Read an Ian Parker profile in The New Yorker, on the “public intellectual” Christopher Hitchens, a Brit who lived in the US for many years and died in 2011 of cancer. (He was addicted to both booze and cigarettes, at one time a three-pack-a-day man.)
Hitchens is known for a couple of things primarily: 1) his shift from socialist to right-wing hawk (he became an advocate for Bush II’s Iraq war) and 2) the blazing speed with which he wrote his columns.
As for his celerity, Parker puts it this way:
He writes a single draft, at a speed that caused his New Statesman colleagues to place bets on how long it would take him to finish an editorial. What emerges is ready for publication, except for one weakness: he’s not an expert punctuator, which reinforces the notion that he is in the business of transcribing a lecture he can hear himself giving.
We can all envy the man’s speed, and sureness — even his obliviousness to punctuation.
It occurs to me — I taught English writing and grammar for many years and became a pretty expert “punctuator” — that there might be bliss in this kind of forgetting. Rather than worrying the bone of punctuation, and punctilio, Hitchens blazed through his essays and reviews with the sureness of conviction and the rightness of genius. Why let the niceties of punctuation, for gods’ sake, slow us down? Why interrupt the phosphorescent flash of thinking and so risk missing a deadline?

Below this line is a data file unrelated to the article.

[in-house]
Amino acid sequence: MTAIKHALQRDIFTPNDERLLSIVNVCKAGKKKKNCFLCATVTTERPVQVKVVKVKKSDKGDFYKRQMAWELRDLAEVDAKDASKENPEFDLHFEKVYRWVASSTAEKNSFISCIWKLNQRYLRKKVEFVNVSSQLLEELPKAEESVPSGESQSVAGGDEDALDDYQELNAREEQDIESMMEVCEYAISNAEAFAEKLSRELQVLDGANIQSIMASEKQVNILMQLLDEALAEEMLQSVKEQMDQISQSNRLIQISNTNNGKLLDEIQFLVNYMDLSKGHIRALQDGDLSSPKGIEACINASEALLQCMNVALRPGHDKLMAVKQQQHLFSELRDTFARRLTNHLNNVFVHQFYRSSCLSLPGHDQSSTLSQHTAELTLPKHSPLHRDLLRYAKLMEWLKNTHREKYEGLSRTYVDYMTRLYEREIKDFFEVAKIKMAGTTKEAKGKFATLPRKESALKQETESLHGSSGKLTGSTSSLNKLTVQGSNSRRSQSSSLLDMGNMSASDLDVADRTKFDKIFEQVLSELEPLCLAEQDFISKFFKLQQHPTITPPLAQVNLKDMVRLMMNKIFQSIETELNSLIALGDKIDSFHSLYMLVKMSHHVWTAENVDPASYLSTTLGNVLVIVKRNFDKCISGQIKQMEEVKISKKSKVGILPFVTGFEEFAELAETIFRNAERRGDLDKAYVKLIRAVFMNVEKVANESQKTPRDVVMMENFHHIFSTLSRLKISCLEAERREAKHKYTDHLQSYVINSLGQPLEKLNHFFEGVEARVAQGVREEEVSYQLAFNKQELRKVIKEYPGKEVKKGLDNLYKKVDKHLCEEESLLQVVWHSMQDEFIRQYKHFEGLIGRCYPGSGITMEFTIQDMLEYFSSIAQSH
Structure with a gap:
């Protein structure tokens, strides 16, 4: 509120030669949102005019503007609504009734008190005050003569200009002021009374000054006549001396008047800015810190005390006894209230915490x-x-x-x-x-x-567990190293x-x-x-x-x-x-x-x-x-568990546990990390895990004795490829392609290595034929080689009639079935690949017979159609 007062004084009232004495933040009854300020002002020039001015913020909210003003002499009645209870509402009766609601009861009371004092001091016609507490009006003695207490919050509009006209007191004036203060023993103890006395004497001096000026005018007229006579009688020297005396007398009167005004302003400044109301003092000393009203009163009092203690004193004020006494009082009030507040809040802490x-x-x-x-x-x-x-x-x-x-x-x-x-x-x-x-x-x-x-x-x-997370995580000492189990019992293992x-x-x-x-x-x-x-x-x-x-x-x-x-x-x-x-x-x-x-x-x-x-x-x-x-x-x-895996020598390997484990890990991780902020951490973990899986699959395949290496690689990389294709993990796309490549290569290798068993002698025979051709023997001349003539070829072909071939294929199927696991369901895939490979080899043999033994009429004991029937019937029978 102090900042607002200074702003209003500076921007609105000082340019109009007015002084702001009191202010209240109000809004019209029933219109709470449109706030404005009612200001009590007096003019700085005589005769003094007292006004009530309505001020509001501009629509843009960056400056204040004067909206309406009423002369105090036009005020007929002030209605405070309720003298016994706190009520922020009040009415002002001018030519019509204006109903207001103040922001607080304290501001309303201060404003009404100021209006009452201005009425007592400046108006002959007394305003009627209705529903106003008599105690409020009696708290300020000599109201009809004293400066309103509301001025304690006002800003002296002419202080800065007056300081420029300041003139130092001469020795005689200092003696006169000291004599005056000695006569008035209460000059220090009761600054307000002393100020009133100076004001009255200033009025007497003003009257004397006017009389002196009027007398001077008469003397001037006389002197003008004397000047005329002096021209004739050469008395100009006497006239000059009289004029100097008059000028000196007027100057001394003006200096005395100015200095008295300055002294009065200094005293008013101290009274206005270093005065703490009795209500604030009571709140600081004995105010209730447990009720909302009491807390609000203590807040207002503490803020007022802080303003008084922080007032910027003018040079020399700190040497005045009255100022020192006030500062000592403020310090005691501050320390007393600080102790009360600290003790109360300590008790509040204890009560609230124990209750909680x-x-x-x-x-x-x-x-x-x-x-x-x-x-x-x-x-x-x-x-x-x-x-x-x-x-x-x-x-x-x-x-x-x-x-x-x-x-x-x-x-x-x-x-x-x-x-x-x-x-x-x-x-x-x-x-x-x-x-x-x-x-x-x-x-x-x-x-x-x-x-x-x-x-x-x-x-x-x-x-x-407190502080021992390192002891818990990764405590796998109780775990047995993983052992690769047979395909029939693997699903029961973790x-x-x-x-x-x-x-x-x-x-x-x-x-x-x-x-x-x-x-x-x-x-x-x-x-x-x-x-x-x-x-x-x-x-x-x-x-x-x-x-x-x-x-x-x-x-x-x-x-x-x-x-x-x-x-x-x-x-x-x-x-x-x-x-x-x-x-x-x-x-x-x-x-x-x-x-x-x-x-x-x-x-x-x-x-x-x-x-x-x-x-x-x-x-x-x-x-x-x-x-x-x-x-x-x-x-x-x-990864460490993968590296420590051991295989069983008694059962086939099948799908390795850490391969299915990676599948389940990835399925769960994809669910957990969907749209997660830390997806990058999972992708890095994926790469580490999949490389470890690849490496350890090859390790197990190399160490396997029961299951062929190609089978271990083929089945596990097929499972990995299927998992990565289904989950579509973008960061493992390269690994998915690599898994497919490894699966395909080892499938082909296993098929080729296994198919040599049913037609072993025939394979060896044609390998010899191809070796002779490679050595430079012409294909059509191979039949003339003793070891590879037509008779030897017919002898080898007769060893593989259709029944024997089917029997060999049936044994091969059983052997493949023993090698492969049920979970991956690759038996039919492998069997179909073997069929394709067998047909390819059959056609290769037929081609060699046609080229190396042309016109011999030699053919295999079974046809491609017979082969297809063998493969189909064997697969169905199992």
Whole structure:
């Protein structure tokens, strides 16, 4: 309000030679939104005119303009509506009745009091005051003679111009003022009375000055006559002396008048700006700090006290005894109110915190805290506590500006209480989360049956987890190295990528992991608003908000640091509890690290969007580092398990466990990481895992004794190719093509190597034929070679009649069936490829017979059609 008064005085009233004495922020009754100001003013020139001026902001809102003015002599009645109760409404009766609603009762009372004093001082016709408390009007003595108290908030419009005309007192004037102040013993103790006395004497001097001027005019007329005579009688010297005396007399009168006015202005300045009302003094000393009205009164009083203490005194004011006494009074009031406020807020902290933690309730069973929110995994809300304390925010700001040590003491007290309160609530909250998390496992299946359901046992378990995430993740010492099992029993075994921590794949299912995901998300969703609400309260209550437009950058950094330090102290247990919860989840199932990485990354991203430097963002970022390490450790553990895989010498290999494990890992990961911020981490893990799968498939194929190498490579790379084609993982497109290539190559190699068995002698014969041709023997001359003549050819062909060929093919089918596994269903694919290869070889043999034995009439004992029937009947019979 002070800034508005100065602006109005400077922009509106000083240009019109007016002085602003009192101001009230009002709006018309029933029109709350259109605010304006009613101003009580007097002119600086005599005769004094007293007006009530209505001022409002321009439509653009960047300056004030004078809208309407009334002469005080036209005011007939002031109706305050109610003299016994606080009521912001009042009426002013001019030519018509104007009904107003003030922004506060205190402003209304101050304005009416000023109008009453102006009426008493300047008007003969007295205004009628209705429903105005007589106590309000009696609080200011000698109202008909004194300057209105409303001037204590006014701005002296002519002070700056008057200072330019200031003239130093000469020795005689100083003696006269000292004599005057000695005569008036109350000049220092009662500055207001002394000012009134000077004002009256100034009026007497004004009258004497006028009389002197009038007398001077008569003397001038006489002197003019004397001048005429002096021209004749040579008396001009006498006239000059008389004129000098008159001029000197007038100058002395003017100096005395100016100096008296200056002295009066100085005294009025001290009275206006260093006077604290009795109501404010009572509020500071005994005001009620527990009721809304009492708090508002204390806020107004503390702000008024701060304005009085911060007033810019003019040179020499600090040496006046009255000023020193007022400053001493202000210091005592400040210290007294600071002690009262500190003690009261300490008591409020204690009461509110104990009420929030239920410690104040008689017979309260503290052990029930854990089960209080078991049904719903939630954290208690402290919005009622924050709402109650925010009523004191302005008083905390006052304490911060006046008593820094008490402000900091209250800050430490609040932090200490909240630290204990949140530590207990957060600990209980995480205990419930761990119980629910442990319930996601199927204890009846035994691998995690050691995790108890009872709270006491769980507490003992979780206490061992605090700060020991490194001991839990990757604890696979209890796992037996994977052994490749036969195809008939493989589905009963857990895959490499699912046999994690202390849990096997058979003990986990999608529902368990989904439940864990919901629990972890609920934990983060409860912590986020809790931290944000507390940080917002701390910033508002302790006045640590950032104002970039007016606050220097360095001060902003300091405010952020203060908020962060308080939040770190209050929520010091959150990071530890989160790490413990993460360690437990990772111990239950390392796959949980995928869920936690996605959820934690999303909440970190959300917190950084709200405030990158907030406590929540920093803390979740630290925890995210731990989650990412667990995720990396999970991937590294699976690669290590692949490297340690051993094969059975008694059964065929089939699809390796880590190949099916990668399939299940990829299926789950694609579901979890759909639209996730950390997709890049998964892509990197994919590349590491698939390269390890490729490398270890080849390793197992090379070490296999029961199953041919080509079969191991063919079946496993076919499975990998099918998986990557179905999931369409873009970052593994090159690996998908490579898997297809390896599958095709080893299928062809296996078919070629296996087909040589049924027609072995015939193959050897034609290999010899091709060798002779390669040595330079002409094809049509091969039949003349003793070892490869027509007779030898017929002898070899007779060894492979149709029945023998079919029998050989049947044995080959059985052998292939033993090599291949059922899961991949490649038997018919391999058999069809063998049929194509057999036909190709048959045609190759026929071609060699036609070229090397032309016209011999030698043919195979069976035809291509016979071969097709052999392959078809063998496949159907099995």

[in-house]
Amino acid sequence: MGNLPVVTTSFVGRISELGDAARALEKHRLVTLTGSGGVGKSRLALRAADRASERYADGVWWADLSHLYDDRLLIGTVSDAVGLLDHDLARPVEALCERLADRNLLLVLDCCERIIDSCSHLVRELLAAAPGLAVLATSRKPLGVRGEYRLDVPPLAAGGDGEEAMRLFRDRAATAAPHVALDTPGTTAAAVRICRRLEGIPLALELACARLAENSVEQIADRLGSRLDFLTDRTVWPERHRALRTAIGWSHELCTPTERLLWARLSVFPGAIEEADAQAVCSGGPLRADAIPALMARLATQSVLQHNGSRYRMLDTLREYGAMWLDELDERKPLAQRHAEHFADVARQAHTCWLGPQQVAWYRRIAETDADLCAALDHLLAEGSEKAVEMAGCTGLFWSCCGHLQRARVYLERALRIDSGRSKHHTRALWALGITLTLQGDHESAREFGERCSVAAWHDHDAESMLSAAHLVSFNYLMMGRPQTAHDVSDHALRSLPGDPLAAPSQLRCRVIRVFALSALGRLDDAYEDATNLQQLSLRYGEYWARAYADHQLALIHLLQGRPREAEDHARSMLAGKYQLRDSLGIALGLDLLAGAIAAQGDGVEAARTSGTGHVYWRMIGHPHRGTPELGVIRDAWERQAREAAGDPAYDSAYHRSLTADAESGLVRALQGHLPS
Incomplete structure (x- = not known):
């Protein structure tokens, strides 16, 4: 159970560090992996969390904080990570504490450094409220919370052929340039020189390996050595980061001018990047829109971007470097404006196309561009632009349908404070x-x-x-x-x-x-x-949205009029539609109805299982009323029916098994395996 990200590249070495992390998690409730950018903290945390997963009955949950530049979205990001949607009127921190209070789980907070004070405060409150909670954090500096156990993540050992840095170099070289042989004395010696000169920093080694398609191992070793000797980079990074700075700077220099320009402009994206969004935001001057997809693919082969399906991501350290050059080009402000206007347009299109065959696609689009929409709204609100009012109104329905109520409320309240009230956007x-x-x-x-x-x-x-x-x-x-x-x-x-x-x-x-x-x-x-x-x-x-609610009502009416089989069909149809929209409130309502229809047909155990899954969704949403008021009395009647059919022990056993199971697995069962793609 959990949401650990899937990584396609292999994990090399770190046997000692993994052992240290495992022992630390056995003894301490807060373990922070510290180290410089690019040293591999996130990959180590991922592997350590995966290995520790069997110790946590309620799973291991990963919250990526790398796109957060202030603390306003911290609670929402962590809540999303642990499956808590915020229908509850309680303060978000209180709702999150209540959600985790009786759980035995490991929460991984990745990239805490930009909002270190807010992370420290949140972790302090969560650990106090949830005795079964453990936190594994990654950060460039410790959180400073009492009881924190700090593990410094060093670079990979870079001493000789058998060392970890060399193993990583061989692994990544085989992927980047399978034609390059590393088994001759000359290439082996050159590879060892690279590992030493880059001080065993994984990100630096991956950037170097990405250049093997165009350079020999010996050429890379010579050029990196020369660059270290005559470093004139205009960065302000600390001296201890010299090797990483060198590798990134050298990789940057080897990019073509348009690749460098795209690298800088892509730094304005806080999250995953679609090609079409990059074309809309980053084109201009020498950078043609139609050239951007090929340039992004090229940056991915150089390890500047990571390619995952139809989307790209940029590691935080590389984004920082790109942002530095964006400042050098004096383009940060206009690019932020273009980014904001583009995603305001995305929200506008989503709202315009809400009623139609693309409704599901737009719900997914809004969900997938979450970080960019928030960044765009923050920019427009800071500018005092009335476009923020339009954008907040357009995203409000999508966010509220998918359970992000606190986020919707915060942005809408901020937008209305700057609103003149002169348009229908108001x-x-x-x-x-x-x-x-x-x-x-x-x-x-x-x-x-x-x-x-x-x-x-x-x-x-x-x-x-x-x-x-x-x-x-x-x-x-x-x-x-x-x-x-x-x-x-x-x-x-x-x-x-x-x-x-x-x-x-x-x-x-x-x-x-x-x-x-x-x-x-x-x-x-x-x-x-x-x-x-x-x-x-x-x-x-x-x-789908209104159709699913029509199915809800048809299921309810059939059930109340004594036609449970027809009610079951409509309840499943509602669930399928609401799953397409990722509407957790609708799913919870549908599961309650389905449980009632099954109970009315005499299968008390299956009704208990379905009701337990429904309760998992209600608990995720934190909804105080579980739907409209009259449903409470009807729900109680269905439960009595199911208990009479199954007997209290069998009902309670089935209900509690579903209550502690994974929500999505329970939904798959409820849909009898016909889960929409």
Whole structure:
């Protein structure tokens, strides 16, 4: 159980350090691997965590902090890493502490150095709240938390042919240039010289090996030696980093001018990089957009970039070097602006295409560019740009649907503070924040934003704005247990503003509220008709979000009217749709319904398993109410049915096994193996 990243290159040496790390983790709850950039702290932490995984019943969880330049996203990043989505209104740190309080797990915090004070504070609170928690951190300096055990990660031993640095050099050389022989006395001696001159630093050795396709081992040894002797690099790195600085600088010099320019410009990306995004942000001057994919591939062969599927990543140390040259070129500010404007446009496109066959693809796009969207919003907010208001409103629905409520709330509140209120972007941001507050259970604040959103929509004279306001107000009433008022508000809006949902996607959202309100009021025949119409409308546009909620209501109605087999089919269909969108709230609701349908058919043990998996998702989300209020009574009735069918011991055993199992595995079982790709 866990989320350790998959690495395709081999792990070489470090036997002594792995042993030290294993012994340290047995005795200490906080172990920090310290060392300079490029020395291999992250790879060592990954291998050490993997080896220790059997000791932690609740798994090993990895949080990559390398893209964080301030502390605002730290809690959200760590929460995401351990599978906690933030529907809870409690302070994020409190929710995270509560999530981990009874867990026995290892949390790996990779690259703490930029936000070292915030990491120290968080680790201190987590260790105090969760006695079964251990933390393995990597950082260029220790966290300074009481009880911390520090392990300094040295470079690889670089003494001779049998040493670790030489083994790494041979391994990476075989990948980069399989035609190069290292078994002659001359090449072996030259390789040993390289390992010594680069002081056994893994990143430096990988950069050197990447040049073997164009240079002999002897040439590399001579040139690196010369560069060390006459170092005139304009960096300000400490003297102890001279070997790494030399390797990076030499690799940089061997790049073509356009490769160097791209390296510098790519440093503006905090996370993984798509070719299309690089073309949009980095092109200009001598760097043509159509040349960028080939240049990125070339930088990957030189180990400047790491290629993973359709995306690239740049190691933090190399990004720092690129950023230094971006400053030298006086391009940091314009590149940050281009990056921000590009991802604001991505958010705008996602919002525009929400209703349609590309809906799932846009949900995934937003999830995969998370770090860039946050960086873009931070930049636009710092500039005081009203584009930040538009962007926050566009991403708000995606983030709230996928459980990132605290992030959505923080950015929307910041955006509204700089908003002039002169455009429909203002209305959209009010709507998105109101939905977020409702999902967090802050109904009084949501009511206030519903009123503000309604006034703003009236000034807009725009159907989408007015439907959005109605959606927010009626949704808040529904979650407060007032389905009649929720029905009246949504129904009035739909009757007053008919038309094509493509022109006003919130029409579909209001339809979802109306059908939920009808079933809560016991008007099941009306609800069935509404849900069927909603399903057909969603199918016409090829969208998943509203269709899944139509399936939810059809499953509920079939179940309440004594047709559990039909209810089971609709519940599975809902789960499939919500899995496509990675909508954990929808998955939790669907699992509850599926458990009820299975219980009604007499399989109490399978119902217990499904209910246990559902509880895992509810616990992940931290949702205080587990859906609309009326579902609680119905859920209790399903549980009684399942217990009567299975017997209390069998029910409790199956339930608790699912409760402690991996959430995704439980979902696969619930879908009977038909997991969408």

Hermes must have been Hitchens’ patron, the god of speed, desire, and, yes, trickiness. Like lightning, Hermes flew between the gods and men, carrying messages. Like a fox, he tricked whoever would be tricked. And isn’t it some kind of trick to spurn the civilized niceties of punctuation — and all that it implies about structure and behavior — to let our thoughts fly, like arrows from a bow, or notes from a lyre (Hermes invented the instrument)?
To let our thoughts, like a brand, press, hissing, on the cattle of mere pecuniary considerations, as Hermes branded the cattle he stole from his brother Apollo, the rationalist, the calculator.
Hermes was here! the singed brand says, hissing still. He beat you to it, slave of reason, beast of proper form!
For any of us suffering from writer’s block, or insufferable slowness, I can recommend, on the example of Christopher Hitchens, R.I.P., a certain ignorance or disdain of punctuation. Damn, it slows the quick thinker! (Isn’t there always time later, sober and repentant, to crawl back and proofread our blazing sheets?)